The consequences of the controversial and widely publicized visit of US House President Nancy Pelosi (D-CA) to Taiwan on Tuesday are being felt by countries and companies around the world as tensions mount with the prospect of a world war.
China issued numerous warnings in the weeks leading up to Pelosi’s visit to Taiwan, which the communist country strongly condemned.
Last week, Chinese President Xi Jinping warned US President Joe Biden during a historic two-hour telephone conversation that “those who play with fire will only burn themselves”, referring to the potential US support for the island’s independence.
Although the House President’s trip to Taiwan took less than a day, it sparked strong reactions from countries around the world who understood the geopolitical impact of visiting the island by one of America’s top officials and pledging its support to Taiwan’s democracy he remained “chained”.
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Pelosi repeated her commitment during it visit to Japan on Thursday, during which she stated in a press conference at the US embassy in Tokyo that China “may try to stop Taiwan from visiting or attending elsewhere,” but that “does not isolate Taiwan by preventing us from traveling there.”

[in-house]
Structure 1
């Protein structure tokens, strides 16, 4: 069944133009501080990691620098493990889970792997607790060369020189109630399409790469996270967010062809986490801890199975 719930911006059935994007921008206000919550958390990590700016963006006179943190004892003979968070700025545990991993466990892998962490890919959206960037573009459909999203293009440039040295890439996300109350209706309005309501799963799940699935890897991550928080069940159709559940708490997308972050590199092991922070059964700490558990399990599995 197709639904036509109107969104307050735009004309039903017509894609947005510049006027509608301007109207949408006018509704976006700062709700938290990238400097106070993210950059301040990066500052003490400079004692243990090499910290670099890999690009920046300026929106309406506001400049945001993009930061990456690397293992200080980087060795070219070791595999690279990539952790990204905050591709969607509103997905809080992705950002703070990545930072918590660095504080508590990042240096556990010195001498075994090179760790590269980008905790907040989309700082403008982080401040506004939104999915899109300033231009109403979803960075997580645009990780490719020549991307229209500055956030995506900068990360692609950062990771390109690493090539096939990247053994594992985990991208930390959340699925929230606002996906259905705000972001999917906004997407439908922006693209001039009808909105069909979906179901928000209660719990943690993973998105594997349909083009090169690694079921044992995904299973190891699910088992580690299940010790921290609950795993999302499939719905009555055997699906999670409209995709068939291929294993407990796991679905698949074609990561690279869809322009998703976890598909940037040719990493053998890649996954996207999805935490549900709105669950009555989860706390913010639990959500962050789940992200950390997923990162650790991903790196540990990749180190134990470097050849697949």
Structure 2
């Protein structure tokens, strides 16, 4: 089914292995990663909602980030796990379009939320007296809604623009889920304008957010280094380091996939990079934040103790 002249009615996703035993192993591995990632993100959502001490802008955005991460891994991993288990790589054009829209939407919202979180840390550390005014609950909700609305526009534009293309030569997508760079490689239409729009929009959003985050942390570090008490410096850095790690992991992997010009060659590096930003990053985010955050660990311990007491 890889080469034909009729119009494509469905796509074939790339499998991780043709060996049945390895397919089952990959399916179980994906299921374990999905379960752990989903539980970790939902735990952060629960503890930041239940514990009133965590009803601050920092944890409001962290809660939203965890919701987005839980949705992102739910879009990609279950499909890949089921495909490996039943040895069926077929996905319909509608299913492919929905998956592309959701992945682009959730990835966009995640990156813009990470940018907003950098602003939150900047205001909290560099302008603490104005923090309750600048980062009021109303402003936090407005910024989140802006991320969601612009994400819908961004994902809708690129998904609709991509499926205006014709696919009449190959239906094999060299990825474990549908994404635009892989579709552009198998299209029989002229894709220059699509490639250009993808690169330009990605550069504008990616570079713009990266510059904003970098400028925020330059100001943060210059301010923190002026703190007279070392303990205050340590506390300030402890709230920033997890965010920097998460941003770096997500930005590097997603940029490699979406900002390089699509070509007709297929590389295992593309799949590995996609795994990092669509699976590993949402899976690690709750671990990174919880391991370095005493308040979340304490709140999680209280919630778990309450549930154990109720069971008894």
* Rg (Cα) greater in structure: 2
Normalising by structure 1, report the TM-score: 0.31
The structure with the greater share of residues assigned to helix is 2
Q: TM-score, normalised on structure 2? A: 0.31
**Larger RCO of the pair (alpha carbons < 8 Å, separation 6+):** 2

“We will not allow them to isolate Taiwan,” she emphasized.
On Friday, a spokesman for the Ministry of Foreign Affairs of the People’s Republic of China released statement announcing sanctions against the Speaker of the House of Representatives Pelosi.
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“Despite serious concerns and resolute opposition from China, the president of the US House of Representatives, Nancy Pelosi, insisted on a visit to the Chinese region of Taiwan,” the document reads. “This is a serious interference in China’s internal affairs. It seriously undermines China’s sovereignty and territorial integrity, severely tramples on the One China Principle, and seriously threatens peace and stability in the Taiwan Strait. In response to Pelosi’s scandalous provocation, China agrees to adopt sanctions against Pelosi and her immediate family members in accordance with the relevant laws of the People’s Republic of China. ”
China has increased its military presence in the area since Pelosi’s visit by sending record number aircraft to the Taiwan Strait midline on Friday.
“[We] to condemn the communist military for intentionally crossing the strait midline and harassing the sea and air around Taiwan, “Taiwan Defense Minister said in his latest statement after the Beijing deployment 68 Chinese fighters and 13 warships around that day.
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China has also announced that the country will be interrupting the dialogue with the US in several areas, including between military commanders at the theater level, and in relation to the climate crisis.
Despite aggressive rhetoric and military reactions from China, Wu’er Kaixi, a former student leader during the democratic protests in China’s Tiananmen Square in 1989, said: Reuters in an interview that Pelosi’s visit to Taiwan is a clear win for the island and not as threatening to relations with China as expected.
“Nancy Pelosi came to Taiwan at such a high level, made sure the whole world saw her, then made sure the US Army, the regional defense force, all came forward and said we would die protecting our Chairman,” explained Wu ‘. er.